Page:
Marketers still need to learn the lesson, which has been repeated many times before and since. Perhaps the resolution is for all shiny new things to come with a health warning – by all means, use them and see if they actually work, but treat with caution and don’t let them distract you from what is already working well.

7 – Listening to customers

Finally, here is one that is as old as marketing itself. Marketing people like to say that they are there to give the customer a seat at the boardroom table and they do it by listening to customers and representing their views to the business.

This is a noble ambition. But it comes with problems, including two big ones. Firstly, how are you going to listen to your customers? Secondly, what are you going to do to let them know you are listening?

Non-marketing business leaders are fond of Henry Ford’s maxim “If I’d asked people what they wanted, they’d have said faster horses”, which is often used as a reaction to their marketing department trying to tell them what the customer thinks. And unfortunately, marketing people themselves often fall into the trap of thinking their own views are those of their customers – they forget that their mindset and circumstances are seldom representative ones. This has developed to the extent that it’s now known as the ‘Disconnect’ – the one between marketing and customers.

Marketing people would do well to remember another of Henry Ford’s great pieces of wisdom – “If there is any one secret of success, it lies in the ability to get the other person’s point of view and see things from that person’s angle as well as from your own”.

Listening to customers can take many forms, from market research to social media watching. The secret of success surely lies in hearing what is really being said, not just what you already wanted to hear. And then demonstrating that you heard it through actions, not just words.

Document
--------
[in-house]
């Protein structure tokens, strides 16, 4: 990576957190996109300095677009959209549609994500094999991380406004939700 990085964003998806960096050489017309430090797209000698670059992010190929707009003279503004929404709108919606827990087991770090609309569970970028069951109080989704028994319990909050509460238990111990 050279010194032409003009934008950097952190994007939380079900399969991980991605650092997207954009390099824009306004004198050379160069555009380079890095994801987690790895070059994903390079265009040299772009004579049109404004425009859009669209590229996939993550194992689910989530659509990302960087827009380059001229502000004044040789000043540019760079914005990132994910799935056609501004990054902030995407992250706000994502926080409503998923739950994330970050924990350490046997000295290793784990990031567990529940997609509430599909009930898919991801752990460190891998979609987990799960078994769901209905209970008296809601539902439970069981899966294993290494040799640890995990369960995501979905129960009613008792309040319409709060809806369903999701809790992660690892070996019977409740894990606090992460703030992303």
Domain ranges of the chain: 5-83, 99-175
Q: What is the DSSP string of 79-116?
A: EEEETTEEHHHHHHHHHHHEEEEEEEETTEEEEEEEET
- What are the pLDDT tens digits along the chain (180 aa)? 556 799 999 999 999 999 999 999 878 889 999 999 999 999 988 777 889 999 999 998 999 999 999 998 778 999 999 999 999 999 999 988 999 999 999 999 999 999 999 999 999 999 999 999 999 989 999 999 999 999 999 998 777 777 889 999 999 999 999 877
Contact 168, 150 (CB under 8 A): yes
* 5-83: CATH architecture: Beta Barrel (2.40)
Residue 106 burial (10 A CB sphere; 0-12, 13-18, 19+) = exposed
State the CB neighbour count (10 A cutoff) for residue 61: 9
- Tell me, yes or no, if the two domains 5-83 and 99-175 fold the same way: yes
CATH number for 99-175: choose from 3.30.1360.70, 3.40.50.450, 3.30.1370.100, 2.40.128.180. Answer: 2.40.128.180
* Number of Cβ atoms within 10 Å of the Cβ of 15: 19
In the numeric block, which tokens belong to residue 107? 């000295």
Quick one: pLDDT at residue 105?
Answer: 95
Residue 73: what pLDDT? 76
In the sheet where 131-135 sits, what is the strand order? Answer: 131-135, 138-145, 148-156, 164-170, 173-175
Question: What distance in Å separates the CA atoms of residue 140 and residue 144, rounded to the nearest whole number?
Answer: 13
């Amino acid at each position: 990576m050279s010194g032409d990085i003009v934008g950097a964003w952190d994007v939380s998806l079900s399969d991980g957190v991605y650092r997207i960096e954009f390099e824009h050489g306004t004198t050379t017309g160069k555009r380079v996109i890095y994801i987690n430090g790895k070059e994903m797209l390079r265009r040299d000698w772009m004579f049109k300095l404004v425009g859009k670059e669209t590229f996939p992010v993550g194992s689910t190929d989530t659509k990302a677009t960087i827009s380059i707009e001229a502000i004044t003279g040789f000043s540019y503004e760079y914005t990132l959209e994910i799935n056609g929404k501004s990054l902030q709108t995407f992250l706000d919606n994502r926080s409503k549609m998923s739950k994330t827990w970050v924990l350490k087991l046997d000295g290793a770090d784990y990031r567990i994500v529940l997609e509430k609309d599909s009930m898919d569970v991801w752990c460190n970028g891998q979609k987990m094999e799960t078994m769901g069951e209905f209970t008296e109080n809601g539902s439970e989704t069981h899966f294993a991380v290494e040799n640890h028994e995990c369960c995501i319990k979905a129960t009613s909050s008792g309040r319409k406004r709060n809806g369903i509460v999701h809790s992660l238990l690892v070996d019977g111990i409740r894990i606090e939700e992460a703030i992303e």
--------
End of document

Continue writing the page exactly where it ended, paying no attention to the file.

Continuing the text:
What other lessons does science have for marketing?

Comparing the worlds of science and marketing might seem a little unfair, given the ability of science to affect the whole global population. But consider that marketing is the means by which corporations touch the lives of all their customers, and think how many touchpoints each individual experiences every day from marketing messages. Within any business, marketing is a vital resource that needs to flourish in order to achieve commercial health and growth, so it is important to get it operating effectively.

Resolving these issues would be quite an achievement, especially in the course of just one calendar year. The breakthroughs that the scientific community made in 2020 show what can be done given enough focus, energy and commitment.

Here’s a final thought. Very few of those 2020 science breakthroughs would have happened without great leadership of the teams involved. Are the leaders of marketing up to it for 2021 and beyond? Let’s see.

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Jeremy Taylor is Managing Partner of CONNECT2 Community Engagement Ltd based in London, the UK’s leading community engagement experts and Business Director at TrinityP3 UK. He brings his wealth of industry experience to TrinityP3 to help our clients and agencies navigate the constantly evolving world of marketing, media and advertising.